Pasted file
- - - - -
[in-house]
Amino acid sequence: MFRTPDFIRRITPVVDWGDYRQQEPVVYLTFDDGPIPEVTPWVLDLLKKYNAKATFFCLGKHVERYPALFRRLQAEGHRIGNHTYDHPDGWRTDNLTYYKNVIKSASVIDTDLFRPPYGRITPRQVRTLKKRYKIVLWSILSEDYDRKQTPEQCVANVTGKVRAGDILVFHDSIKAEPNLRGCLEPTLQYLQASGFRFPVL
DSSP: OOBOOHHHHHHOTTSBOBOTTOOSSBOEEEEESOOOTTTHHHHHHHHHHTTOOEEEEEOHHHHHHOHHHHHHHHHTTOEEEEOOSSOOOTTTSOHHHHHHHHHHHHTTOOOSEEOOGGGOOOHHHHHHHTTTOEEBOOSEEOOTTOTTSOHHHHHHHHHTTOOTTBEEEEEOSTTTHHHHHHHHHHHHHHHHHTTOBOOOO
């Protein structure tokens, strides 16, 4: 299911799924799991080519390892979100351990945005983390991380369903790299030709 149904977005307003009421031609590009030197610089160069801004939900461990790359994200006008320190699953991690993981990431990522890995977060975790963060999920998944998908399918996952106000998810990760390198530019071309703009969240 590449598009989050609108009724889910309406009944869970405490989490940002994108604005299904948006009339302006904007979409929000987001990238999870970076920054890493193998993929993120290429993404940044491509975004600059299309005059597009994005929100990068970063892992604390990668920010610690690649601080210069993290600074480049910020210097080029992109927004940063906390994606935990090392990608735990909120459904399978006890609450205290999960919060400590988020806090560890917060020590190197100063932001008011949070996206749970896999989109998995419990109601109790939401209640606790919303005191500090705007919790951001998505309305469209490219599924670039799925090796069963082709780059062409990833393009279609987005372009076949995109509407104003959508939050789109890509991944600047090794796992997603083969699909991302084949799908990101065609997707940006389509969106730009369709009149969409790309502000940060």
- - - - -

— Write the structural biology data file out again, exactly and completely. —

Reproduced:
[in-house]
Amino acid sequence: MFRTPDFIRRITPVVDWGDYRQQEPVVYLTFDDGPIPEVTPWVLDLLKKYNAKATFFCLGKHVERYPALFRRLQAEGHRIGNHTYDHPDGWRTDNLTYYKNVIKSASVIDTDLFRPPYGRITPRQVRTLKKRYKIVLWSILSEDYDRKQTPEQCVANVTGKVRAGDILVFHDSIKAEPNLRGCLEPTLQYLQASGFRFPVL
DSSP: OOBOOHHHHHHOTTSBOBOTTOOSSBOEEEEESOOOTTTHHHHHHHHHHTTOOEEEEEOHHHHHHOHHHHHHHHHTTOEEEEOOSSOOOTTTSOHHHHHHHHHHHHTTOOOSEEOOGGGOOOHHHHHHHTTTOEEBOOSEEOOTTOTTSOHHHHHHHHHTTOOTTBEEEEEOSTTTHHHHHHHHHHHHHHHHHTTOBOOOO
């Protein structure tokens, strides 16, 4: 299911799924799991080519390892979100351990945005983390991380369903790299030709 149904977005307003009421031609590009030197610089160069801004939900461990790359994200006008320190699953991690993981990431990522890995977060975790963060999920998944998908399918996952106000998810990760390198530019071309703009969240 590449598009989050609108009724889910309406009944869970405490989490940002994108604005299904948006009339302006904007979409929000987001990238999870970076920054890493193998993929993120290429993404940044491509975004600059299309005059597009994005929100990068970063892992604390990668920010610690690649601080210069993290600074480049910020210097080029992109927004940063906390994606935990090392990608735990909120459904399978006890609450205290999960919060400590988020806090560890917060020590190197100063932001008011949070996206749970896999989109998995419990109601109790939401209640606790919303005191500090705007919790951001998505309305469209490219599924670039799925090796069963082709780059062409990833393009279609987005372009076949995109509407104003959508939050789109890509991944600047090794796992997603083969699909991302084949799908990101065609997707940006389509969106730009369709009149969409790309502000940060």